100 Words

Here’s my goal: write 100 words every day. It can be any topic, it just has to be 100 words or longer. That feels like a decent length. I requires more thought than your typical lazy tweet, but not so much that it makes me feel like i have to clear an entire evening to polish a 500 word essay.

A good piece of advice (I can’t attribute) is to write what you learn. It’s common to feel like you can’t write anything unless you know everything about the topic. But writing helps the writer as much as the reader. Putting the thoughts swirling around your head into words helps stop the swirling and brings clarity. So that’s one source of ideas. Expect missives on Elixir, programming, soccer.

This is a quick post from MarsEdit.

Just installed a bunch of indie web wordpress plugins that I don’t fully understand. Here comes a bunch of experiments.

Edgerouter Custom DNS

Info in this article can be found in EdgeRouter – DNS Forwarding Setup and Options

I have Google Fiber for Internet. $70/month for symmetric gigabit is a good deal. Speeds are consistent and service is reliable. But I don’t want to give Google the data of my DNS lookups, especially since it is so easily related to my personal information, now that they are my ISP. Here’s how I configured my EdgeRouter-X to avoid Google’s name servers.

I use the EdgeRouter as a forwarding DNS service. All clients query the EdgeRouter first. The EdgeRouter either replies from cache, or forwards the request on. Forward the request where? By default it forwards it on to the DNS server provided by the ISP. I like the forwarding setup, but I just want to forward to a different DNS server.

Your configuration may be different. Here’s my configuration that sets this up. This configures the dhcp server to tell the clients to send all DNS queries to the EdgeRouter.

set service dhcp-server shared-network-name LAN subnet dns-server

One way to set a custom name server is to change the name server which is handed out to your DHCP clients. For example:

set service dhcp-server shared-network-name LAN subnet dns-server

I went a different route. I set the system name servers, then configured the DNS forwarder to forward using the system name servers, not the name servers obtained from the ISP.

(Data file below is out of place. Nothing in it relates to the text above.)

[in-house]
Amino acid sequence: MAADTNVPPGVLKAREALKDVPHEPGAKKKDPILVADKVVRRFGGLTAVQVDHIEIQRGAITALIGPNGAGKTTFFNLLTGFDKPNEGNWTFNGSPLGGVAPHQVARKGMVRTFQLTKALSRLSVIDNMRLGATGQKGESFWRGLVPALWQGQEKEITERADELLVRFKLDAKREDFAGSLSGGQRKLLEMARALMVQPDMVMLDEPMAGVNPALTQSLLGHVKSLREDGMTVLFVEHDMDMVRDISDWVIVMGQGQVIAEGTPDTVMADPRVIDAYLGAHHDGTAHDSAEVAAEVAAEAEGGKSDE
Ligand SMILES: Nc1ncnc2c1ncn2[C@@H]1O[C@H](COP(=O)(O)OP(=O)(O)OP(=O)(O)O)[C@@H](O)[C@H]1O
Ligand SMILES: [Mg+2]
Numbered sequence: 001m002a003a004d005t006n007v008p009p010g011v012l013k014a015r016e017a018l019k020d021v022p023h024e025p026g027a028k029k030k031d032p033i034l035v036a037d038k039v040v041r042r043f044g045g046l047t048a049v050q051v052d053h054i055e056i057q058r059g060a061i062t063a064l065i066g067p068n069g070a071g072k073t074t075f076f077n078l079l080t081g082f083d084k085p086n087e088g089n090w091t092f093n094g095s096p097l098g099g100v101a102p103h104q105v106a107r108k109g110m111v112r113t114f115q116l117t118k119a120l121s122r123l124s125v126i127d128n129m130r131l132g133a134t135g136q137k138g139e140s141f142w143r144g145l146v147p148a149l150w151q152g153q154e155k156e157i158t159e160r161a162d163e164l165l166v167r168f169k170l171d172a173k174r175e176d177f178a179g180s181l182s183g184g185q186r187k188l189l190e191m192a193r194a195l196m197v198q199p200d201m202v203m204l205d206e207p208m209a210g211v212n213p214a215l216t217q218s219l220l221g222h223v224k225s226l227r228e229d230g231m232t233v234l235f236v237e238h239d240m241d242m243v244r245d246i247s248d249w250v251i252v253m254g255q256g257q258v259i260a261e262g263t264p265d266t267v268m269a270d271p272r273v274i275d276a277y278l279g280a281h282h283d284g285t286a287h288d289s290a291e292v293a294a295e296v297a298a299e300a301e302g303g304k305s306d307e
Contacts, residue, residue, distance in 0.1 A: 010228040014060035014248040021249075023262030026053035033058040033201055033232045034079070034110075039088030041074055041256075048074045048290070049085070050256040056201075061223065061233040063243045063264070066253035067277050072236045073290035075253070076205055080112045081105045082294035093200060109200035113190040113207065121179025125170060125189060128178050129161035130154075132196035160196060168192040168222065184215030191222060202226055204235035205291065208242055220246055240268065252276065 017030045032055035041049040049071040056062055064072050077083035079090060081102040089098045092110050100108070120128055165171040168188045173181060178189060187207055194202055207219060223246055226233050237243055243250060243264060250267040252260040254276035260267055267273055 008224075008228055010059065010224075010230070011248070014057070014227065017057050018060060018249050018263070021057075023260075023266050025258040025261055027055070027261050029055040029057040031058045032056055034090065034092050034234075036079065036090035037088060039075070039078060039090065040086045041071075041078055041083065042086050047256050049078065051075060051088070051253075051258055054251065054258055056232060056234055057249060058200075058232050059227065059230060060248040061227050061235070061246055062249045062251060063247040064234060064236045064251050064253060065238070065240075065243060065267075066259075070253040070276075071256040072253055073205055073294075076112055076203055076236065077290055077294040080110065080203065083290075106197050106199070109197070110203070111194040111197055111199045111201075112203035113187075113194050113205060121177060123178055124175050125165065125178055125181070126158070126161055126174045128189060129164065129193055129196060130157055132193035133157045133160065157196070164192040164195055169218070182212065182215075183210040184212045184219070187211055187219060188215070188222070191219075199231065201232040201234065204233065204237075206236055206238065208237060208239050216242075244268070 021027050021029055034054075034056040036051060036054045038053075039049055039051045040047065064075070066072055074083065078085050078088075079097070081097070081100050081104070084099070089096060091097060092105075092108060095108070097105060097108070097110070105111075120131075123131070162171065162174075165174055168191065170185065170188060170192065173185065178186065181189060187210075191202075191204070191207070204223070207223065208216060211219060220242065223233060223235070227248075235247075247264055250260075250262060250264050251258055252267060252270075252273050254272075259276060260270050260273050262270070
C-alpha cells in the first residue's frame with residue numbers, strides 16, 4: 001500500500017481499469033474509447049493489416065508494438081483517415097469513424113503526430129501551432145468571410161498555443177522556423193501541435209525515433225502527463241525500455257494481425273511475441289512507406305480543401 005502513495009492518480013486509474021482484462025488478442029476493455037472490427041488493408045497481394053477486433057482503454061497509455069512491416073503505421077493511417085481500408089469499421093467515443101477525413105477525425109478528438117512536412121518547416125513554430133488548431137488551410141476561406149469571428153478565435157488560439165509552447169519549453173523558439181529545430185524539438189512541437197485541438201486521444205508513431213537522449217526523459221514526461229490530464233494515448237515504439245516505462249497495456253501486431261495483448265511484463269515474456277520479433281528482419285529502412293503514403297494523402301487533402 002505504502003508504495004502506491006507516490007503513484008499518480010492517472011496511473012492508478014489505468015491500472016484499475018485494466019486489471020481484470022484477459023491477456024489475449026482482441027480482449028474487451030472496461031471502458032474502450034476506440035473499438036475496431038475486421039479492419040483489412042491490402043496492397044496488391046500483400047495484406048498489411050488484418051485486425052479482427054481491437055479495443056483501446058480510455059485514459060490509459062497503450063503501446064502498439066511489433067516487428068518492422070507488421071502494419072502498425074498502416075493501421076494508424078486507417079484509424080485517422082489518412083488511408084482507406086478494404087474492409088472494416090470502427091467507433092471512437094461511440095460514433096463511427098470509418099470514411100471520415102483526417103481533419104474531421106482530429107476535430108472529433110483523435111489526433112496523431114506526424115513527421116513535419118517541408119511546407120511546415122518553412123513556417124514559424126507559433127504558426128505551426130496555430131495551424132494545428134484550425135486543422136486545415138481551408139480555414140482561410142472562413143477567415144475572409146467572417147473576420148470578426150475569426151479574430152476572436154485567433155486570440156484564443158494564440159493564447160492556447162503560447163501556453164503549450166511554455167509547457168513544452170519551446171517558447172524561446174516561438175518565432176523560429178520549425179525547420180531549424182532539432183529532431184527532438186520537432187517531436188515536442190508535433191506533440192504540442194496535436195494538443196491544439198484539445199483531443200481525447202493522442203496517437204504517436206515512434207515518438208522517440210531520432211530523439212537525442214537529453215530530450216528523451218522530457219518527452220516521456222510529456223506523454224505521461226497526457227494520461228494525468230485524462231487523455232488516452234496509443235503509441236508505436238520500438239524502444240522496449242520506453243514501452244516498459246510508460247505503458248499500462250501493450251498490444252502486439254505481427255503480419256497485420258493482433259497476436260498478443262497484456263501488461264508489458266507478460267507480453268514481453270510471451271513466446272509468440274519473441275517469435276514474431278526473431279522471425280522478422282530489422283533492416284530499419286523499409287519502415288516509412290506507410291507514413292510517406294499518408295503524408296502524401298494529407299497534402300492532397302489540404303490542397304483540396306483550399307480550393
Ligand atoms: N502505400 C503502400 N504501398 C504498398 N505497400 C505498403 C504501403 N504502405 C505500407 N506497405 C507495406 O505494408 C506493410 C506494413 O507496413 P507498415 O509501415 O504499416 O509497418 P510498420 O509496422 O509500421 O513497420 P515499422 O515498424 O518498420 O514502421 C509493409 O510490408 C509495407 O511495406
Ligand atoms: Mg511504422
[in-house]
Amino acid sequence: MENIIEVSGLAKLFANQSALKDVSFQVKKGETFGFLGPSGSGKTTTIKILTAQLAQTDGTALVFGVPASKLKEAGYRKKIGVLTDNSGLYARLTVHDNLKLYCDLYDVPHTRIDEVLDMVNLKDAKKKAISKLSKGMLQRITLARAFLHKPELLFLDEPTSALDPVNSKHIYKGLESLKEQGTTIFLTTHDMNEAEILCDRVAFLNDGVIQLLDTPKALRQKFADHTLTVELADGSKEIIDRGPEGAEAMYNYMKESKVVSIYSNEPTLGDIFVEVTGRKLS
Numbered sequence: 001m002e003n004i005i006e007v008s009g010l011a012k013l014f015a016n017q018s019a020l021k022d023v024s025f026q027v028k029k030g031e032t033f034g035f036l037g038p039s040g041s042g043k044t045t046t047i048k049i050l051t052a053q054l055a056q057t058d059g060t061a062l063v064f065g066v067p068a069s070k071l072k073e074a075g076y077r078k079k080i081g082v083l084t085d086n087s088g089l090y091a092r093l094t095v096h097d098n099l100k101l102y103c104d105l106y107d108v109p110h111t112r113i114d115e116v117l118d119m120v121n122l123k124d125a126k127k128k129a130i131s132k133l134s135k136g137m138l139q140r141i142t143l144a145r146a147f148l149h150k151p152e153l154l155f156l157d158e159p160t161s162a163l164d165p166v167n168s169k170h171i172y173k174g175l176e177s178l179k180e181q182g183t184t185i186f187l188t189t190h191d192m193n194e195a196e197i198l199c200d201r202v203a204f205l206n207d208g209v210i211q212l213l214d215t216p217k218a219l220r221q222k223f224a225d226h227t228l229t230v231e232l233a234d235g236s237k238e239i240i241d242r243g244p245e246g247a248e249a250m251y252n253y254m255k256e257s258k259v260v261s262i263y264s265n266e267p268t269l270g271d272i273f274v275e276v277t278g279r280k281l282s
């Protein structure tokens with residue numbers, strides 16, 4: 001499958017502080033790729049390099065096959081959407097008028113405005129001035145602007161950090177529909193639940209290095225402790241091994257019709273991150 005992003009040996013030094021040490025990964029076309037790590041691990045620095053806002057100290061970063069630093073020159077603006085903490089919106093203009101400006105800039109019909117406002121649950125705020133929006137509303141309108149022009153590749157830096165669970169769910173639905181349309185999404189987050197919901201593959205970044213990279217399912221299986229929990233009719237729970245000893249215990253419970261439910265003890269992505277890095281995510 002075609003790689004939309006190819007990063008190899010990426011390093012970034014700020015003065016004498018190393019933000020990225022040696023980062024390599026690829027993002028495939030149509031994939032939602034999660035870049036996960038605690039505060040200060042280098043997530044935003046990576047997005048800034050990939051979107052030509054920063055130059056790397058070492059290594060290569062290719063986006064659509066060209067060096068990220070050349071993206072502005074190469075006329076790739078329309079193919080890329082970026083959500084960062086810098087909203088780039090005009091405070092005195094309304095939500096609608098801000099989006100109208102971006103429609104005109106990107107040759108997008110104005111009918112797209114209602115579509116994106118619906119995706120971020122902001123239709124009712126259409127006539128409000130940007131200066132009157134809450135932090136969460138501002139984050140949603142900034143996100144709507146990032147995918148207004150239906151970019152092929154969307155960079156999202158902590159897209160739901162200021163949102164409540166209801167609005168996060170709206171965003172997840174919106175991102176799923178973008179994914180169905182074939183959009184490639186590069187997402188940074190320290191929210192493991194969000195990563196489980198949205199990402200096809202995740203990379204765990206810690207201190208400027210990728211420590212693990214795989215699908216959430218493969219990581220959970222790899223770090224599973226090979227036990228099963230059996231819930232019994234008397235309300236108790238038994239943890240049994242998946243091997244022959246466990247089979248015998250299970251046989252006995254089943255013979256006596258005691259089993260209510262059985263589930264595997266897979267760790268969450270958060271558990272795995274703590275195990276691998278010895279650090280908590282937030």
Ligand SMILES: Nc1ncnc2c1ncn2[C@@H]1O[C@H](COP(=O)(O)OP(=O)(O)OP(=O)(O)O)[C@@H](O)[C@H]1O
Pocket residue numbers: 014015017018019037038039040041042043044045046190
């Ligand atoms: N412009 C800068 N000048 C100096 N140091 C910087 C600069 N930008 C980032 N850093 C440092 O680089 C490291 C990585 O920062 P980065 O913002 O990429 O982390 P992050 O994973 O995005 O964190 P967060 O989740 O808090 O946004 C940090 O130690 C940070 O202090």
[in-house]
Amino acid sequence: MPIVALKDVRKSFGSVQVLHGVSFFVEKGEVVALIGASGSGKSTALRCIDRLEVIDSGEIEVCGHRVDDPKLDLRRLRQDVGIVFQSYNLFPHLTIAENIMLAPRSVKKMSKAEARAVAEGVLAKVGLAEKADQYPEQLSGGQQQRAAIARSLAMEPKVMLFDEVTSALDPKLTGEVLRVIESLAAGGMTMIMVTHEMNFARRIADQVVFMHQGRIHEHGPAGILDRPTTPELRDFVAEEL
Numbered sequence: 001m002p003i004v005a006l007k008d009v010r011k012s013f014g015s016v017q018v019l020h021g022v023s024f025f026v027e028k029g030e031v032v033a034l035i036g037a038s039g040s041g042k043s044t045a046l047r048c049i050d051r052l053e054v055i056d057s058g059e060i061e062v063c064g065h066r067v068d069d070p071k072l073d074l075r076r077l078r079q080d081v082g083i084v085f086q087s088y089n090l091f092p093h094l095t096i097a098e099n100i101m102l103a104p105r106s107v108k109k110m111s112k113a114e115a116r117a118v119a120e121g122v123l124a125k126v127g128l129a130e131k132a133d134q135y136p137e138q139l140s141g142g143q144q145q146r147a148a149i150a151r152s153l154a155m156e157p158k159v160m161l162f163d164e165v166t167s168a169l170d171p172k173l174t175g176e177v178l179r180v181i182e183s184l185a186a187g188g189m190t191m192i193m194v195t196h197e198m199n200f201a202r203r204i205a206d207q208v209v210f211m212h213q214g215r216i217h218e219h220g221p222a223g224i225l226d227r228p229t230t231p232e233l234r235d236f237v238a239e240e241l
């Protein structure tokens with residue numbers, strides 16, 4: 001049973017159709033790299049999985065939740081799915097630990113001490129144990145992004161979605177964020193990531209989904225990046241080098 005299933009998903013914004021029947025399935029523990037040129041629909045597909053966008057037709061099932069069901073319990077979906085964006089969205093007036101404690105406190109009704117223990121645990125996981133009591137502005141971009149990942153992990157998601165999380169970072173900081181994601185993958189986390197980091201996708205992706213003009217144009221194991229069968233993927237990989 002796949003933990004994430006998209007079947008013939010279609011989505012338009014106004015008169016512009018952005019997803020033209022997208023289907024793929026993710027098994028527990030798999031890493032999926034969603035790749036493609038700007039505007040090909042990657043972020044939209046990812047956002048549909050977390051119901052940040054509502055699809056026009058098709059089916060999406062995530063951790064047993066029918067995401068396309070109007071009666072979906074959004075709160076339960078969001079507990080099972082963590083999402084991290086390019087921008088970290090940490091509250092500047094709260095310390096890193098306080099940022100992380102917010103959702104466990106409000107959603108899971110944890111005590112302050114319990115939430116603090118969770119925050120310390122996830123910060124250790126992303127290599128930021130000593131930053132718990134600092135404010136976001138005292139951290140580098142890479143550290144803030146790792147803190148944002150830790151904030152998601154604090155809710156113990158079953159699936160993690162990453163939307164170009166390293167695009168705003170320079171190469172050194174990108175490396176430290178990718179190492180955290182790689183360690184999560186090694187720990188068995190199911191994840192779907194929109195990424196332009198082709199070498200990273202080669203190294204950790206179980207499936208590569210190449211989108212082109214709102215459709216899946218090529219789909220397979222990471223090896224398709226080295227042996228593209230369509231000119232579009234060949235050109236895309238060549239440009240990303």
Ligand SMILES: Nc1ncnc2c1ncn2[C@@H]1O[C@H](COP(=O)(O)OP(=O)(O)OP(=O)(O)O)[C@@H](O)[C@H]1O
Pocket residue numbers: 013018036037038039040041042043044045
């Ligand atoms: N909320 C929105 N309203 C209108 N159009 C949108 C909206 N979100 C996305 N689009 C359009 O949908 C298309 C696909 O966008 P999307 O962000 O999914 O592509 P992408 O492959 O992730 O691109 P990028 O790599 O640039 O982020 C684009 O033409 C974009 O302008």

set system name-server
set system name-server
set system name-server '2606:4700:4700::1111'
set system name-server '2606:4700:4700::1001'
set service dns forwarding system

Confirm your settings. Here’s my output, with the Google nameservers not configured for forwarding.

admin@ubnt$ show dns forwarding nameservers
   Nameservers configured for DNS forwarding
----------------------------------------------- available via 'optionally configured' available via 'optionally configured'
2606:4700:4700::1111 available via 'optionally configured'
2606:4700:4700::1001 available via 'optionally configured'

 Nameservers NOT configured for DNS forwarding
----------------------------------------------- available via 'dhcp eth0' available via 'dhcp eth0'

Film: Decasia

The title Decasia is a play on decay and Fantasia. The allusion to the Disney film indicates a more straightforward narrative than you’ll find. The movie is made of deteriorated film clips from silent era films and newsclips. Filmmaker Bill Morrison edits them together and holds them in place with a detuned score. Nitrate film deteriorates in fascinating ways, and the juxtaposition of these scenes invites comparisons beyond the content of the original scenes. The decay itself is another layer of comparison: The text of the scenes, the decay of the world represented in those scenes, and the decay of the medium itself. People seem to decay in the most disturbing way. Sometimes a ghost, or a wraith. Was that a klan rally, or did I invent that? Decasia invites you to bring your own imagery to fill in the gaps. In his introduction to the film, Bill Morrison remarked that the Sundance premiere is touted as groundbreaking. His remembrance is that tickets to the film were easy to come by at the festival, and most people walk out before the 67 minute running time. Still, it found its small and dedicated following, and 20 years on continues to find more.